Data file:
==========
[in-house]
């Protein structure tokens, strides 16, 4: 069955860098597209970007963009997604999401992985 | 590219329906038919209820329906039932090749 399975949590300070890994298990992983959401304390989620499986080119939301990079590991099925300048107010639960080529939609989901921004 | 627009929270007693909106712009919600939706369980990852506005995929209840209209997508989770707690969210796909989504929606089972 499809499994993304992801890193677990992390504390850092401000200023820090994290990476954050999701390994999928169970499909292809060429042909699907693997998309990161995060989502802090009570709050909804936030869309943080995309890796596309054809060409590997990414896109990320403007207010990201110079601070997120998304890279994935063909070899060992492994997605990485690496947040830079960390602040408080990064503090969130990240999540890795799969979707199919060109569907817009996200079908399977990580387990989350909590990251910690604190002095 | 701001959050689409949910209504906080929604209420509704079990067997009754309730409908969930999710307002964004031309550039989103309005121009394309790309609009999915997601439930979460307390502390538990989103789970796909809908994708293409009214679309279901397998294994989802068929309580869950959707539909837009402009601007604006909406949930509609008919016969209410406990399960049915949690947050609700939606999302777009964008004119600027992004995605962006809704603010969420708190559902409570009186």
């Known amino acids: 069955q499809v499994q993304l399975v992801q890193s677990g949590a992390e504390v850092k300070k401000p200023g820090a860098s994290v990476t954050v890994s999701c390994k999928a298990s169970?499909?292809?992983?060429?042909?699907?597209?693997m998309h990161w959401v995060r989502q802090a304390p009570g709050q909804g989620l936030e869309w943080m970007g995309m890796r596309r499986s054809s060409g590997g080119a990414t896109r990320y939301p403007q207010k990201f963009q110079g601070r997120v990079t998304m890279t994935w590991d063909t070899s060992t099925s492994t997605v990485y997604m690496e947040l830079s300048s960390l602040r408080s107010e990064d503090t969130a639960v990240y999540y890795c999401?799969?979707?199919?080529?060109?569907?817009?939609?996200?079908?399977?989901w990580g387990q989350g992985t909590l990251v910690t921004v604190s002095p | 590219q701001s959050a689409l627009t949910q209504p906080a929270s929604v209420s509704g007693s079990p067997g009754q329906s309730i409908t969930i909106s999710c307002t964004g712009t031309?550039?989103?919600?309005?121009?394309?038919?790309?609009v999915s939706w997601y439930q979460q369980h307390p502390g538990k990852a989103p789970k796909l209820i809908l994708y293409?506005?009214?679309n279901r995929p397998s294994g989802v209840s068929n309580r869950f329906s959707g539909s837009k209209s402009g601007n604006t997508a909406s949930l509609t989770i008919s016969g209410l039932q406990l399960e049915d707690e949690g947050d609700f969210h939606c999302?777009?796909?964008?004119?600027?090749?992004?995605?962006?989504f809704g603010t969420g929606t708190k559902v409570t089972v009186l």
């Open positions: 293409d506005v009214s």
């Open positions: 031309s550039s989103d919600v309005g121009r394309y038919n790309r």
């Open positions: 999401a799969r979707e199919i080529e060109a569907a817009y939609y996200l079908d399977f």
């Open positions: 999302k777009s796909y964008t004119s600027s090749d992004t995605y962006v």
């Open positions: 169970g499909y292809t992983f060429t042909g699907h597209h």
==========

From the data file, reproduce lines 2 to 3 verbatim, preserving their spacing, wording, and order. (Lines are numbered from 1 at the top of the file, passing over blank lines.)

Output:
């Protein structure tokens, strides 16, 4: 069955860098597209970007963009997604999401992985 | 590219329906038919209820329906039932090749 399975949590300070890994298990992983959401304390989620499986080119939301990079590991099925300048107010639960080529939609989901921004 | 627009929270007693909106712009919600939706369980990852506005995929209840209209997508989770707690969210796909989504929606089972 499809499994993304992801890193677990992390504390850092401000200023820090994290990476954050999701390994999928169970499909292809060429042909699907693997998309990161995060989502802090009570709050909804936030869309943080995309890796596309054809060409590997990414896109990320403007207010990201110079601070997120998304890279994935063909070899060992492994997605990485690496947040830079960390602040408080990064503090969130990240999540890795799969979707199919060109569907817009996200079908399977990580387990989350909590990251910690604190002095 | 701001959050689409949910209504906080929604209420509704079990067997009754309730409908969930999710307002964004031309550039989103309005121009394309790309609009999915997601439930979460307390502390538990989103789970796909809908994708293409009214679309279901397998294994989802068929309580869950959707539909837009402009601007604006909406949930509609008919016969209410406990399960049915949690947050609700939606999302777009964008004119600027992004995605962006809704603010969420708190559902409570009186």
């Known amino acids: 069955q499809v499994q993304l399975v992801q890193s677990g949590a992390e504390v850092k300070k401000p200023g820090a860098s994290v990476t954050v890994s999701c390994k999928a298990s169970?499909?292809?992983?060429?042909?699907?597209?693997m998309h990161w959401v995060r989502q802090a304390p009570g709050q909804g989620l936030e869309w943080m970007g995309m890796r596309r499986s054809s060409g590997g080119a990414t896109r990320y939301p403007q207010k990201f963009q110079g601070r997120v990079t998304m890279t994935w590991d063909t070899s060992t099925s492994t997605v990485y997604m690496e947040l830079s300048s960390l602040r408080s107010e990064d503090t969130a639960v990240y999540y890795c999401?799969?979707?199919?080529?060109?569907?817009?939609?996200?079908?399977?989901w990580g387990q989350g992985t909590l990251v910690t921004v604190s002095p | 590219q701001s959050a689409l627009t949910q209504p906080a929270s929604v209420s509704g007693s079990p067997g009754q329906s309730i409908t969930i909106s999710c307002t964004g712009t031309?550039?989103?919600?309005?121009?394309?038919?790309?609009v999915s939706w997601y439930q979460q369980h307390p502390g538990k990852a989103p789970k796909l209820i809908l994708y293409?506005?009214?679309n279901r995929p397998s294994g989802v209840s068929n309580r869950f329906s959707g539909s837009k209209s402009g601007n604006t997508a909406s949930l509609t989770i008919s016969g209410l039932q406990l399960e049915d707690e949690g947050d609700f969210h939606c999302?777009?796909?964008?004119?600027?090749?992004?995605?962006?989504f809704g603010t969420g929606t708190k559902v409570t089972v009186l």